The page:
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Man jailed over Ireland's worst car crash to be resentenced

Published 16/11/2015

Shaun Kelly will be resentenced over the crash on July 11 2010
Shaun Kelly will be resentenced over the crash on July 11 2010

A man jailed over Ireland's worst car crash is to be resentenced before Christmas after his imprisonment was ruled too lenient.

The Court of Appeal said Shaun Kelly, 26, of Hill Road, Ballymagan, Buncrana in Co Donegal, had effectively had his original sentence "double discounted".

He pleaded guilty at Letterkenny Circuit Criminal Court to dangerous driving causing the deaths of eight men on a road between Clonmany and Buncrana on July 11 2010.

The final two years of the four-year sentence was suspended by Judge John O'Hagan last December.

Before the Court of Appeal, a barrister for the Director of Public Prosecutions had argued the sentence did not reflect the gravity of Kelly's culpability and the harm caused.

Kelly's lawyer said the sentencing judge had taken all the relevant factors into account, including his culpability, remorse, brain injury, and the nature of the "monumental tragedy" wreaked on the community.

But in a 22-page judgment, a three-judge Court of Appeal ruled the sentencing judge "erred" when weighing up the factors involved in the case.

"The court considers that the sentence imposed in the Circuit Court represented a substantial departure from what would be appropriate in such a case, and therefore must be set aside as unduly lenient," said presiding Judge George Birmingham.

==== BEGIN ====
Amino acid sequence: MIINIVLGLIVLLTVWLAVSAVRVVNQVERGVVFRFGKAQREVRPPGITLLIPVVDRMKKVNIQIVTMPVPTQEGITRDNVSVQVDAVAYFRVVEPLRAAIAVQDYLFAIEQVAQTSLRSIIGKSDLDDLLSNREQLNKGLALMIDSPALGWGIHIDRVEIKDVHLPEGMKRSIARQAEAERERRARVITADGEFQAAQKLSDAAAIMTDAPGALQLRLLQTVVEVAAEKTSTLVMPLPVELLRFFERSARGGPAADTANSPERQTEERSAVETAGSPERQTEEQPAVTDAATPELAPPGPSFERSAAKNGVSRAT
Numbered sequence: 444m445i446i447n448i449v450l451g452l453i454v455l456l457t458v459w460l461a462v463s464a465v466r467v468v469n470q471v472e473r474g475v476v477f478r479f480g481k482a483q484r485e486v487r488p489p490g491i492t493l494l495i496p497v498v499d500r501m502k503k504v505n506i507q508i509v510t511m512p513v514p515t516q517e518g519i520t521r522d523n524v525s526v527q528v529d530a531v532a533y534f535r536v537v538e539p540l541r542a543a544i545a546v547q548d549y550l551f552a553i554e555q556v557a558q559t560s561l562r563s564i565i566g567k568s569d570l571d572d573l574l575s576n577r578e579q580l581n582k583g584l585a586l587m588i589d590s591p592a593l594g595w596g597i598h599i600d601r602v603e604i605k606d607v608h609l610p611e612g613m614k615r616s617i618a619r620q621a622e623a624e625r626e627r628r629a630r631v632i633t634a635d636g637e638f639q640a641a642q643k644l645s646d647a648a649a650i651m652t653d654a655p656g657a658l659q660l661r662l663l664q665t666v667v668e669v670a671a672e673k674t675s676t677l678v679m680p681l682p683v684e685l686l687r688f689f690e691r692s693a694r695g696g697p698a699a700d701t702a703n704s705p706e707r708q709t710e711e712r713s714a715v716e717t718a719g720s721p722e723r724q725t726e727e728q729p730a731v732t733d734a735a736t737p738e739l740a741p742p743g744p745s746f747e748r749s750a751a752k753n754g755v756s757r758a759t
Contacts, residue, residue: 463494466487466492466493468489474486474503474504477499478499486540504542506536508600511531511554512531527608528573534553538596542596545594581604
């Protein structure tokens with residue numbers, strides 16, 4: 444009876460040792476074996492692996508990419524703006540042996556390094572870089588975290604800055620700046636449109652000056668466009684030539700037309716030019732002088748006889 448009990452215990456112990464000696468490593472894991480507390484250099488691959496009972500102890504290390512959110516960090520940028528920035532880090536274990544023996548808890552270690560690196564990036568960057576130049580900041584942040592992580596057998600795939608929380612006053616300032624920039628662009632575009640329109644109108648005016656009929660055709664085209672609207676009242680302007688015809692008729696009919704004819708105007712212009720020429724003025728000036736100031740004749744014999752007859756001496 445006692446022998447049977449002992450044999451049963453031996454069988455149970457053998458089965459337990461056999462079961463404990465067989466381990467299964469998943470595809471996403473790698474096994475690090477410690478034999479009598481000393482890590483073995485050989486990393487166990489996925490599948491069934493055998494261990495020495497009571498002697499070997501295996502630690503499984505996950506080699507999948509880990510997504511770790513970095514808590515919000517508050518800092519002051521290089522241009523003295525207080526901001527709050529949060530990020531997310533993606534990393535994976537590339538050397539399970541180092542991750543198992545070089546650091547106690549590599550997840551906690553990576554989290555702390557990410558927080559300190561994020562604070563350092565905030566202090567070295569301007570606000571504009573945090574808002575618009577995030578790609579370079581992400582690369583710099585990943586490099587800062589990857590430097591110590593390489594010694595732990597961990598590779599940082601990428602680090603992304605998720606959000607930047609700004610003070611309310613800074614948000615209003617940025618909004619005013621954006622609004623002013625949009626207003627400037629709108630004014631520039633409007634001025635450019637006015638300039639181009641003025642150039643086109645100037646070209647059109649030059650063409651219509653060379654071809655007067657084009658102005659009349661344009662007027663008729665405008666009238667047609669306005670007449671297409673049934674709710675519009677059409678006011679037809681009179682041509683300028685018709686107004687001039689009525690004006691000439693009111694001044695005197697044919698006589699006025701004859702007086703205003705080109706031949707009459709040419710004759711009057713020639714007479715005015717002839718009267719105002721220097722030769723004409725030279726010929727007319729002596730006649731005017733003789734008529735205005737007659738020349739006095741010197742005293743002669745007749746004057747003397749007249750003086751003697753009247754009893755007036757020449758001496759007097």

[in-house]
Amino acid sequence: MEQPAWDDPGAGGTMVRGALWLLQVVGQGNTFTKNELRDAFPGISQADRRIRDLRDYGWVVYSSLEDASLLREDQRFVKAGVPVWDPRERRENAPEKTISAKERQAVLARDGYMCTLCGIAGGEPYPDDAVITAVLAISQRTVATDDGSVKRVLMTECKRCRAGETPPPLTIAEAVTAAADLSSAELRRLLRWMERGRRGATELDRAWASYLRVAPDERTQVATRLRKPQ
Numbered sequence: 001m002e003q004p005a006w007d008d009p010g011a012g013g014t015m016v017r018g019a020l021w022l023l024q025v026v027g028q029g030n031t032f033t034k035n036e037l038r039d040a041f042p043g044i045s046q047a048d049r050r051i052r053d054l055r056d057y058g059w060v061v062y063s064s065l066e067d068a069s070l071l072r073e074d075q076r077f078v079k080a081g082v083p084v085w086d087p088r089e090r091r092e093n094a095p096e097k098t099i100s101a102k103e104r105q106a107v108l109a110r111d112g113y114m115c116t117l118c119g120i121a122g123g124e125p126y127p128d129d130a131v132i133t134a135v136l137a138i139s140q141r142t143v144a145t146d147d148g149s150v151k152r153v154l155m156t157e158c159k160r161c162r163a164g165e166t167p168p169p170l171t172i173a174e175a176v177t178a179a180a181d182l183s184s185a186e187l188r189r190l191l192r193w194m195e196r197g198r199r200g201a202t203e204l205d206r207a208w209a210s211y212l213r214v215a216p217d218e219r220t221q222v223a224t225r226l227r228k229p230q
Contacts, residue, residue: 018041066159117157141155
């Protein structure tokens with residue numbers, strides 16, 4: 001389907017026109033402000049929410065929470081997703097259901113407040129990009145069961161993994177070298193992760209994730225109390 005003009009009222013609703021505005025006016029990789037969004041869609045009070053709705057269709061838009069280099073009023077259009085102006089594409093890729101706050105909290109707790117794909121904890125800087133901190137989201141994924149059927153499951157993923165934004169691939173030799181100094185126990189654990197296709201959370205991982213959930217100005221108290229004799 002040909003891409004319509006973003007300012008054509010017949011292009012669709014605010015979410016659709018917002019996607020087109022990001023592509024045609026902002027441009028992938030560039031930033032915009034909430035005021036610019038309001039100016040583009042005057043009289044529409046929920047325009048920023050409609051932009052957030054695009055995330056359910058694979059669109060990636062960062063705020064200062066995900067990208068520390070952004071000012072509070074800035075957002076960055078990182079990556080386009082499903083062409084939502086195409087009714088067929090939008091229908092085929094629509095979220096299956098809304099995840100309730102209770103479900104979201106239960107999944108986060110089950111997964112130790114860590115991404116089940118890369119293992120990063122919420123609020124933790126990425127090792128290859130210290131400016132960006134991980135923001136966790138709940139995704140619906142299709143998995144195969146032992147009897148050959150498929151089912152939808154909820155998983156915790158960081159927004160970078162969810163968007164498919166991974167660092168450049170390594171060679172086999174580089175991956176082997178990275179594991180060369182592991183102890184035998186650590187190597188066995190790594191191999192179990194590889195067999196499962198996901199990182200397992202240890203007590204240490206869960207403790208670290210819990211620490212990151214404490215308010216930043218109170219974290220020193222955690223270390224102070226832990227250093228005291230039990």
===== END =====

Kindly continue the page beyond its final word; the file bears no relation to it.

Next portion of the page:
Kelly appeared in court for the brief appeal hearing, dressed in an open-necked blue shirt and navy sweater.

Judge Birmingham said the Court of Appeal did not agree with the sentencing judge that Kelly had entered an "early plea", having only pleaded guilty after a jury was sworn in for a trial.

Furthermore, the sentencing judge delivered a jail term on the basis that Kelly would be facing a seven-year sentence if he had contested the case, the appeal ruling stated.

Judge Birmingham said a seven-year sentence would only have been a minimum "and a sentence somewhat in excess of that would be more appropriate in that situation".

While there were mitigating circumstances "the double discounting that occurred here from seven years to four years and then from four years to two years was not justified," he added.

The judge said the court took into account Kelly's remorse, that he will have to bear a life-long burden and that a number of victims' families had shown "extraordinary generosity" in asking he not be sent to jail.

But he noted other families had remained silent and pointed out Kelly's previous conviction for dangerous driving.

"Obviously this is an appalling case," he said.

"The culpability was very high. This was not a case of a single act of dangerous driving such as taking a bend at too great a speed or overtaking when it was not safe to do so.

"Rather this was a case of sustained dangerous driving.

"The consequences of the sustained dangerous driving were enormous, involving the greatest loss of life in a road traffic collision in the history of the State."

The judge added the court was anxious a new sentence be handed down as soon as possible.

Kelly was entitled to know his fate and the families of victims should not have the case "dragging on" over Christmas, he added.

The case is to be mentioned again on Friday to fix a sentence hearing date.

Judge Birmingham also asked for updated victim impact statements from the loved ones of those killed in the crash.

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